A question of safety

A few days back a young friend was sharing his dilemma about shifting homes. He lives in one of the what is known as 'posh' colonies of South Delhi and has a floor in one of the stand alone houses which are the hallmark of these colonies. I live in one too. His wife wants to move to a satellite town, in one of the self contained upmarket gated communities. My first reaction was instant horror! I would never give up my rambling and even crumbling home for the most luxurious apartment in a gated colony. Gosh it is like living in a gilded cage. But as the young man started stating his case I realised his wife's concerns and even understanding them. I still would not move a toe out of my home but then I am an ageing woman with grown up kids and a grandson that lives thousands of miles away. The young woman in question is a mom to young children, one about the age of our resident 'imp' at the Yamuna centre.

The young mother's concerns are many but can be resumed in a single word: safety. The present location of her home is 'unsafe' for her children. They have to breathe fumes of the constant traffic; cross busy roads to get to a park to play; drive miles to get to a pool or simply to school. In a gated community all the child needs to do is take a ride in the elevator. The world is literally at her feet.

I could not help but think of my little imp and of her 'house'. It looks like the one painted by one of her school mates in this picture. Thatched structure as the law does not allow the 'poor' a single brick on the flood plain - that is only the prerogative of the rich who can build temples and sky scrapers -! The agricultural labourers who tend to the vegetable fields in the flood plains can only have these flimsy structure where a spark can set a fire and snakes can lurk in the straw of the walls. And when the river is in spate and the fields are flooded the families move on higher grounds tucking whatever they can of their homes under their arm: often the precious blue plastic sheet and a few belongings. The rest has to be procured again when the water recede and the home can be erected till the next rain sweeps it away. I wonder if little Preeti's mom can have the luxury to worry about the safety of her child. I guess it is better she did not as the dangers that lurk are unimaginable: snakes and bees; contaminated water replete with bacteria of all shades and hues and heavy toxic  metals thrown in the river with alacrity and impunity by the likes of us. The poison seeps into the very ground these children run on. In the case of this mom ignorance is bliss. If she had an iota of knowledge she would take her children and run. But where to?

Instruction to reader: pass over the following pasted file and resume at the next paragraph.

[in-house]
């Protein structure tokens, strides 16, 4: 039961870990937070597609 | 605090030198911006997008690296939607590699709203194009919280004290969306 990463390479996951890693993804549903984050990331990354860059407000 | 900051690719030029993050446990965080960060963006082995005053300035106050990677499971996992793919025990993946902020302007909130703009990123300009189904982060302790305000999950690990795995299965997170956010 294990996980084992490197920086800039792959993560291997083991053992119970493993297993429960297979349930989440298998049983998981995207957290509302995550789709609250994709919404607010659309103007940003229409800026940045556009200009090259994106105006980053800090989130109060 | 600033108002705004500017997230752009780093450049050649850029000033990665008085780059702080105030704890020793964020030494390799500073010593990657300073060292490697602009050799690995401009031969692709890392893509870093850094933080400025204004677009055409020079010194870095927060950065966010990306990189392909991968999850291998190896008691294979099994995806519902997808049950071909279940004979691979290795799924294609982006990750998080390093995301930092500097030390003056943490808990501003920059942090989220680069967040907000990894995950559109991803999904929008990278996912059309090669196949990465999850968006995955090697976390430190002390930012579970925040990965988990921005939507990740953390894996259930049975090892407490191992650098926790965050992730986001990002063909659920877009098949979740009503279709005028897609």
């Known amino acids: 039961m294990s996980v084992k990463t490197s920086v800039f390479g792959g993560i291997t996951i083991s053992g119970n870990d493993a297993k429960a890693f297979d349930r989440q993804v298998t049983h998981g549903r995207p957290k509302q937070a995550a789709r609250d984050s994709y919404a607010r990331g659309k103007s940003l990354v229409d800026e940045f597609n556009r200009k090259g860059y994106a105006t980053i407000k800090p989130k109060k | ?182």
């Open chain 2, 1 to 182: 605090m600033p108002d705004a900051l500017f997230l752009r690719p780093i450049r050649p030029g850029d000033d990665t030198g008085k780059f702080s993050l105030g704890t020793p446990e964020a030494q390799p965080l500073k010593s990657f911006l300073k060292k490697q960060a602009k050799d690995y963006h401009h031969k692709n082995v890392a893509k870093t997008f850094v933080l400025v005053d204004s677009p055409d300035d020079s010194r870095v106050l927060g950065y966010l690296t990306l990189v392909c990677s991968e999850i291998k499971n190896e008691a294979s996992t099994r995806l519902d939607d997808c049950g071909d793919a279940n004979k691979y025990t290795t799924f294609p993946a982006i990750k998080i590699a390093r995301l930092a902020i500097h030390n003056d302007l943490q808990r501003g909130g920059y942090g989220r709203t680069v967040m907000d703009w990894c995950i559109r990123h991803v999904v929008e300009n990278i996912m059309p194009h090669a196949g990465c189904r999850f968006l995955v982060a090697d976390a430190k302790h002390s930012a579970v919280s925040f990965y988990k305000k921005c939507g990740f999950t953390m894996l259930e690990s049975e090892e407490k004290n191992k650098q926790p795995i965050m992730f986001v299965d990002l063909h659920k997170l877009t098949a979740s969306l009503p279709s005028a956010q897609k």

The family had to 'run' from their ancestral homes as not only did they not have any means of sustenance but they had the misfortune of 'belonging' to the wrong political party, and I use the verb 'belong' with utmost confidence.

Feudalism has not died in India. It has simply changed feathers! Gone are the feudal lords and enter the politician. Just as the erstwhile feudal lord who needed hands to work his land, they too need 'hands' to clap at their rallies and shout slogans. The feudal master fed and cared for his brood; the political master hands out a few coins and unlike his predecessor, leaves you in the lurch to fend for yourself and your loved one when the battle is lost. What no one realises is that predators lurk and target those who dared cheer for the opponent. So you run. Just as the families of our Yamuna centre did and you hope the hounds will lose your scent.

You build your life again having only Nature to contend with and you learn to survive again. But your scent never leaves. It is called 'poverty'. One day it will be picked up again by the new lords who will make you run again. I wonder when the land these brave people till will come into the eyes of the politician-builder duo duly blessed by the bureaucrat ready to do what is needed. So more than the river there is a larger danger looming.

Apologies for this digression. But it has to be said.

Let us get back to the topic: safety of children! How easily we identify the slightest element that may endanger our child but then why do we not have the same attitude to the multitude of children that come our way when we step out of our 'safe' homes. Have we ever bothered to give a thought to the dangers they encounter every minute of their tender life. I am talking of the child that knocks at your car window at every street light. Have we ever thought of how she weans her way in the dense traffic? And when she sleeps under a bridge what does she breathe: toxic fumes. I guess you get the idea. The child that works at a tea shop, a brick kiln or even in your neighbour's home have we ever bothered to look at her the same way as we do when we think of our own.

~Dietrich Bonhoeffer said: the test of the morality of a society is what it does for its children.

I do not think we fare well as a Nation.

Makes me hang my head in shame.